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For about the first seven years of my life, I lamented and moaned about my parents depriving me of having a Barbie doll.  Yes, I am probably one of the few girls who never actually owned one and had to get my Barbie fix whenever I went to play at friends’ houses.  It wasn’t until I was 14 that I got my first Barbie as a sort of inside joke and it had on a gold brocade outfit made by my friend.  However, the Barbies I grew up with and knew of from Argos catalogues had 80′s t-shirts that said ‘Cool’ on them with Hawaiian print leggings or had hair that ‘magically’ changed colour in the water.  Come September at the world famous Christie’s auction house however, Barbie collectors will ooh and aah over an altogether different kind of Barbie.  Ietje Raebel will be auctioning her collection of 4000 barbies collected from the early 60′s to the present which will be the biggest private collection ever to be sold at auction. 

Amongst her collection are Barbies that I never thought even existed.  Roman Holiday Barbie?  Sorbonne Barbie?  These aren’t Barbies that reflect 80′s love for all things Malibu but rather an accurate depiction the of fashion and social circumstances when they were produced.  Dior inspired dresses, Balenciaga cuts, Pucci’s palazzo pyjamas, Bob Mackie’s Cher-inspired costume designs were all modelled by Barbie.  Sorbonne Barbie obviously was born out of the student rioting that was going on in 1960′s France and Italy.  Judging from the Barbie website of the present, the fashion we are reflecting is a world where style are classed as ‘Funky & Fab’, ‘Sporty & Stylin’, ‘Preppy & Pretty’ and last but not least ‘Sweet and Sparkly’.  Oh how we have regressed….. 

The sale is on 26th September at Christie’s, London and will and on view on the 23rd September.  Pictures and accompanying article from the Telegraph.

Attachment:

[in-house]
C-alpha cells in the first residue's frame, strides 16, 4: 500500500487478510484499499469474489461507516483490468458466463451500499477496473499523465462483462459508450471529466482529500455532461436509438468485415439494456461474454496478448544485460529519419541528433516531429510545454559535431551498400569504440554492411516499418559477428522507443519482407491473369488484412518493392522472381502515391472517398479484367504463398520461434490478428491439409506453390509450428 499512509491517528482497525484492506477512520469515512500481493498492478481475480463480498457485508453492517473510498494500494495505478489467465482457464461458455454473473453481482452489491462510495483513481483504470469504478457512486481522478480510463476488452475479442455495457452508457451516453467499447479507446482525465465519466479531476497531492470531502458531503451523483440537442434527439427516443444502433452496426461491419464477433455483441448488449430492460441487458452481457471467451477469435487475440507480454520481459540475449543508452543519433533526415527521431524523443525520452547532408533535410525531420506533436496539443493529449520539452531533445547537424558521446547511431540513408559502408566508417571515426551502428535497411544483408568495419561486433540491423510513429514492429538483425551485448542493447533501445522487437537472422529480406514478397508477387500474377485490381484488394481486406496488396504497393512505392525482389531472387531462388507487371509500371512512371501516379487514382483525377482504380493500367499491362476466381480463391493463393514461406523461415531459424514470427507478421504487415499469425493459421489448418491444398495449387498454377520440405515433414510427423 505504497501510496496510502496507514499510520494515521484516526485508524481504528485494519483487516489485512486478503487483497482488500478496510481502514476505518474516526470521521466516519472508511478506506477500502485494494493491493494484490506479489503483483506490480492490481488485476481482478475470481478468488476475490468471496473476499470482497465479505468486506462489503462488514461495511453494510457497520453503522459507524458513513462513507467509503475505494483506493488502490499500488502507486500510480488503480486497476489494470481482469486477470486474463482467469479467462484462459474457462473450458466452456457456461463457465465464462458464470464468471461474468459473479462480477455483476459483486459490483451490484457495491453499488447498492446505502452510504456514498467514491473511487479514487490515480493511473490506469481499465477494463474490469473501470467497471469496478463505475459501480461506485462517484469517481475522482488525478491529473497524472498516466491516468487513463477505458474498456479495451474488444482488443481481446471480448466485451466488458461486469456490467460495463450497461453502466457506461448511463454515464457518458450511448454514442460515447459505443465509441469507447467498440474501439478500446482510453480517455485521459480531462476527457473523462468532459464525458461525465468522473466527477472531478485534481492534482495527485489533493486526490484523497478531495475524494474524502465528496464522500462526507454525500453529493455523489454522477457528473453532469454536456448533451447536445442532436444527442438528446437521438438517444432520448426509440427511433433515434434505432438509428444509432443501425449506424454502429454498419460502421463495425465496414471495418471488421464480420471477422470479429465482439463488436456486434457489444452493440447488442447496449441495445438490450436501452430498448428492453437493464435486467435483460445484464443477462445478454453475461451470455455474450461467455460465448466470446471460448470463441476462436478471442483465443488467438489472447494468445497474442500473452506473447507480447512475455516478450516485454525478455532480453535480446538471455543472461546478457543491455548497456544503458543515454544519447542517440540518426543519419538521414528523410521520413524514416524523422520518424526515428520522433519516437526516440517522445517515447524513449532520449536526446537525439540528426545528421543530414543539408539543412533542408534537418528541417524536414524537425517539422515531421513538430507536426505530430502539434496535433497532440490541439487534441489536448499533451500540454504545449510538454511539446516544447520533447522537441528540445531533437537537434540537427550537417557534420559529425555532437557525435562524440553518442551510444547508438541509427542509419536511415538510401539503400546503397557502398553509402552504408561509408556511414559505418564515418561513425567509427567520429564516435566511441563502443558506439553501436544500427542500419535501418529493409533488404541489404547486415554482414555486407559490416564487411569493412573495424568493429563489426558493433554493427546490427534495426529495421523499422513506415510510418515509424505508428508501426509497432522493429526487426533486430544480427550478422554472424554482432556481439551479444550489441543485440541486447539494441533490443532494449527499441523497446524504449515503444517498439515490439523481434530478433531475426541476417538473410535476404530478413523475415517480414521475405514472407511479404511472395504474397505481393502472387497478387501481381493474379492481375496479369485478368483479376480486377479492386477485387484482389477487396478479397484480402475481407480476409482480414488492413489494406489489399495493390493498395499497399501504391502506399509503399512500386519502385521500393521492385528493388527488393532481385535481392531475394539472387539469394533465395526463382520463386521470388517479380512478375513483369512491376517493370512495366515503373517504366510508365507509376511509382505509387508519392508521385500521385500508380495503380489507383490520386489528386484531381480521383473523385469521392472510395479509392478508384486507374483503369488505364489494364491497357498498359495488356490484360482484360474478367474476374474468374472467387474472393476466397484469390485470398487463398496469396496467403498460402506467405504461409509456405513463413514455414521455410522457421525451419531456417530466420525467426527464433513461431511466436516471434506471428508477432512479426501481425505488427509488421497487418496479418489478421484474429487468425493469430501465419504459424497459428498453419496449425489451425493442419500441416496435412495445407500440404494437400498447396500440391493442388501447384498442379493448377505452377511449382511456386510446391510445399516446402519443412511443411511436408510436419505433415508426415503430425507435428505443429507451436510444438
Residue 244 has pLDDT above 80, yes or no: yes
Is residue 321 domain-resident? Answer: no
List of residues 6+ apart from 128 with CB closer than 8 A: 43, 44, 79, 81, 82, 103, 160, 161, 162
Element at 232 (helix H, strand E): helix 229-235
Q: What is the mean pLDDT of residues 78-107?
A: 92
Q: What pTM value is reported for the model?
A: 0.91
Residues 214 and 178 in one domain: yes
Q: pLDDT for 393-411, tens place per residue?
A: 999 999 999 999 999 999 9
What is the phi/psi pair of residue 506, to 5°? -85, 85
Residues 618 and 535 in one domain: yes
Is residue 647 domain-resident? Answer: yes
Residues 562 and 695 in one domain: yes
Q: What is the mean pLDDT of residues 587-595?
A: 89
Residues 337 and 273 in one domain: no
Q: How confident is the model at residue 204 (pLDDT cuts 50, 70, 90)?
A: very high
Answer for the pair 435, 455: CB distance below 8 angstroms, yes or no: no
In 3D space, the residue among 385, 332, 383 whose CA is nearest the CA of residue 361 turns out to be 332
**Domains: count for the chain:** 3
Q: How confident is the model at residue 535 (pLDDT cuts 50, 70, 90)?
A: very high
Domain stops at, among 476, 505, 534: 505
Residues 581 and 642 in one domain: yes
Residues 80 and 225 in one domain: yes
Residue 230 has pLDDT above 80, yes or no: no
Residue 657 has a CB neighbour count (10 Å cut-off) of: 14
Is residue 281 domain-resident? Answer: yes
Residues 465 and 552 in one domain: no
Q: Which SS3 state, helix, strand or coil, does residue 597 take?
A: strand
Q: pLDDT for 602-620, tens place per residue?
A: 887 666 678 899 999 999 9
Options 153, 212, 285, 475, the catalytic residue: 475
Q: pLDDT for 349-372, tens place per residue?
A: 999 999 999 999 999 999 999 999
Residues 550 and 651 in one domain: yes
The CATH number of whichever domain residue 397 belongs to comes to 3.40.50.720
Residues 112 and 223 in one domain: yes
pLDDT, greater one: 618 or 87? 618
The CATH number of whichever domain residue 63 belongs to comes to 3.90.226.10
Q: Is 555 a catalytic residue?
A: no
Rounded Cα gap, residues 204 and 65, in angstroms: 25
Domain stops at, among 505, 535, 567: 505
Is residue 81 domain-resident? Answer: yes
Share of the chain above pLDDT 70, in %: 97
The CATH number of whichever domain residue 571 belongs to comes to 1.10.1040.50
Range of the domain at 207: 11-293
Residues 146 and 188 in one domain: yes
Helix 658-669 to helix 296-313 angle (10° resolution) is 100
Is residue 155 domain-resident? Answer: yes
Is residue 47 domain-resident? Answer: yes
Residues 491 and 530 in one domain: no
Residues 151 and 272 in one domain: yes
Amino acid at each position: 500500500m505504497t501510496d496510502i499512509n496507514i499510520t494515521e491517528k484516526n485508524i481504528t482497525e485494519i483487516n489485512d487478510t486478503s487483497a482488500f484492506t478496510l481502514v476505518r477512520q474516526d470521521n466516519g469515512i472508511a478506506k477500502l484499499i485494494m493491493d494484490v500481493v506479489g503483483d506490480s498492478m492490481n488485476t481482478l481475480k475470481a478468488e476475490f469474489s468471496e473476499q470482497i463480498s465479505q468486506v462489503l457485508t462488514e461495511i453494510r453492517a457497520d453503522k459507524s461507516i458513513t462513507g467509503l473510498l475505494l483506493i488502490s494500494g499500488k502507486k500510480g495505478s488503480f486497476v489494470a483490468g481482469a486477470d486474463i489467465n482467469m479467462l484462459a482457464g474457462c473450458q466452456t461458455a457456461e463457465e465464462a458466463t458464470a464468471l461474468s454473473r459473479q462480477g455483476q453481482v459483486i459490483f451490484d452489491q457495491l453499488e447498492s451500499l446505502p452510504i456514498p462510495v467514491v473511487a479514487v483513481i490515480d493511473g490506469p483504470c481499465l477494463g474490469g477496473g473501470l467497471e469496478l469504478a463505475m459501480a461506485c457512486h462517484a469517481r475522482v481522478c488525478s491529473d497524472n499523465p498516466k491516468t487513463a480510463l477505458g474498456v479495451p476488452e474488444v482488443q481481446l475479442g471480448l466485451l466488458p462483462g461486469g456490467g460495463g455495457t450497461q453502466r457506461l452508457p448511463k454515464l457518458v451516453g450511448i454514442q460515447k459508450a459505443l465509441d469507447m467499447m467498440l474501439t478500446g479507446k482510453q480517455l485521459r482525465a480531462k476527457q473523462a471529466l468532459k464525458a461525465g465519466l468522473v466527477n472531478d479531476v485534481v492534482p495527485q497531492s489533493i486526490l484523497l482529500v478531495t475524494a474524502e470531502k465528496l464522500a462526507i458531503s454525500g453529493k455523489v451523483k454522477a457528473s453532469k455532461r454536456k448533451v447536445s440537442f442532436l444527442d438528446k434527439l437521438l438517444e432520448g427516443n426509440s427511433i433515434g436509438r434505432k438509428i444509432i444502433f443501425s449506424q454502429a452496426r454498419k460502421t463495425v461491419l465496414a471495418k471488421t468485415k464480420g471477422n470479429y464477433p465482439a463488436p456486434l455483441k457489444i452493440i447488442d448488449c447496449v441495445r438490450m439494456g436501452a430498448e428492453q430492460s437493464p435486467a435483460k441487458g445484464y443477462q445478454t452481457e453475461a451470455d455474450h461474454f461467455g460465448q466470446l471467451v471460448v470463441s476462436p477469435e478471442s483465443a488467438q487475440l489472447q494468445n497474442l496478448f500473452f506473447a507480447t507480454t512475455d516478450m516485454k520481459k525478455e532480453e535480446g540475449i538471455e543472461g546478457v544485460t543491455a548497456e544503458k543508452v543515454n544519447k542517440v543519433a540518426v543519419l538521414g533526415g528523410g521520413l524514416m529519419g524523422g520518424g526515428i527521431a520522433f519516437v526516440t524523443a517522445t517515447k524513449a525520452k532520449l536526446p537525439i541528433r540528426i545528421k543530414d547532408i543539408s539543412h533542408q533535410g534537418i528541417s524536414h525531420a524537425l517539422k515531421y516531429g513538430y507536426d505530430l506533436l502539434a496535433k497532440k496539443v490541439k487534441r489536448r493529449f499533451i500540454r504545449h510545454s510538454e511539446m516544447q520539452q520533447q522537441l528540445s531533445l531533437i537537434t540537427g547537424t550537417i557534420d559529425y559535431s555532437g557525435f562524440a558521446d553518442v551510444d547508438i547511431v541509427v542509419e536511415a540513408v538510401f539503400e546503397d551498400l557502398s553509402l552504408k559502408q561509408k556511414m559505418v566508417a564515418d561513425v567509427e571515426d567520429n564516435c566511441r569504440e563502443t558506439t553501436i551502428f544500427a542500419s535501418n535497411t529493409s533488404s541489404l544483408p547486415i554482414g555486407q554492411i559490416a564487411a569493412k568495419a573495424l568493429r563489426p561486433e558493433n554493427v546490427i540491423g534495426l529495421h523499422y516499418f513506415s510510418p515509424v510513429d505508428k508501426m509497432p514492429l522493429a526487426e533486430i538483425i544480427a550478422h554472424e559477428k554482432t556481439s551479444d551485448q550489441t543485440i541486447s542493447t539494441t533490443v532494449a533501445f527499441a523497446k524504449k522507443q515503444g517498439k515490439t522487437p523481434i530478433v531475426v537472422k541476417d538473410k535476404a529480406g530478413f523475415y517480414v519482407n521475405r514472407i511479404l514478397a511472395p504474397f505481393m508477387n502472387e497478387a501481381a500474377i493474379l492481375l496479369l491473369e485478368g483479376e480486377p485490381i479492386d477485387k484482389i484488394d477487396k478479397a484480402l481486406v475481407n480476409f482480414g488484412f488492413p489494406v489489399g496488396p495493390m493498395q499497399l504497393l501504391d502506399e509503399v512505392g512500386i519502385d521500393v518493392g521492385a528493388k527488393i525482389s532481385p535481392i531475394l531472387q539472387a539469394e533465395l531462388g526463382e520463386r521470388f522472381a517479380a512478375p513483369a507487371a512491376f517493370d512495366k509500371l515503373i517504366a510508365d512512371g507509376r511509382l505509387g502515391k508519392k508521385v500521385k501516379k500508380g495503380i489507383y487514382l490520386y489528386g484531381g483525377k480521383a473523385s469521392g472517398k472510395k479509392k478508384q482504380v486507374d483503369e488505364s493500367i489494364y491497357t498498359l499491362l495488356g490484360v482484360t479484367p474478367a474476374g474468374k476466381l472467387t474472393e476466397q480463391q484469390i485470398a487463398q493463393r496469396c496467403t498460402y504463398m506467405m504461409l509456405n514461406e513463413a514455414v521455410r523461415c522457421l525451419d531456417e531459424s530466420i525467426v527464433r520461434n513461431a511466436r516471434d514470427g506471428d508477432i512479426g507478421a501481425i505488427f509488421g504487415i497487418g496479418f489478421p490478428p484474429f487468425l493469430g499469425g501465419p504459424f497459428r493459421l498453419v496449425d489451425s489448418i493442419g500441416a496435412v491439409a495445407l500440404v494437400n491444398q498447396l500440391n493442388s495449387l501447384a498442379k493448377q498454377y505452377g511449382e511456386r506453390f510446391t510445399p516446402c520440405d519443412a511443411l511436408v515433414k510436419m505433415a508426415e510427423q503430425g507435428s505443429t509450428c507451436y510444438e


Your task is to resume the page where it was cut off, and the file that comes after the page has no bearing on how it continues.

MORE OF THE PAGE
Barbie Babysits 1963 // Roman Holiday Barbie 1959

Solo in the Spotlight Barbie 1960 // Sorbonne Barbie 1967

Gay Parisienne Barbie 1959 // London Tour Barbie 1966 & Poodle Parade Babie 1965 (the one that started off Ietje’s collection)

Comments (5)

  1. Sasha says:

    I think it’s funny that older Barbies have even stranger proportions than modern versions… They have much smaller feet and much larger chests than their recently molded counterparts.

  2. DJM says:

    I wonder if that’s why you love dressing up so much now Susie, as you were deprived of the sheer delight of dressing up a Barbie! When you’re a little girl, there’s nothing quite like it. I used to make all sorts of clothes for my Barbie.

  3. k says:

    Love the glasses on Barbie Babysits.
    A few years ago I went to a Barbie’s exposition in Praha. One of the most interesting things was that the first Barbie wasn’t blonde. There were also so many dolls that had never been sold to the crowd and made with the most incredible themes.
    It’s funny how crazy I was for Barbies when a little girl and how unnatractive they seem nowadays with all the new dolls out there.

  4. fifteenfish says:

    i’ve always loved barbie, and when i was small i had a huge collection (i have always desperately wanted an asian barbie). barbie’s been round long, unlike BRATZ, blergh… disgusting pieces of work. can’t stand them. =_=”

  5. Joanne says:

    hello, just looking for some feedback really – was wondering if any of you are actually fans of barbie and the image that she epitomises? i am studying icons and she is the focus of my project. would be great for a response, thanx, jo!

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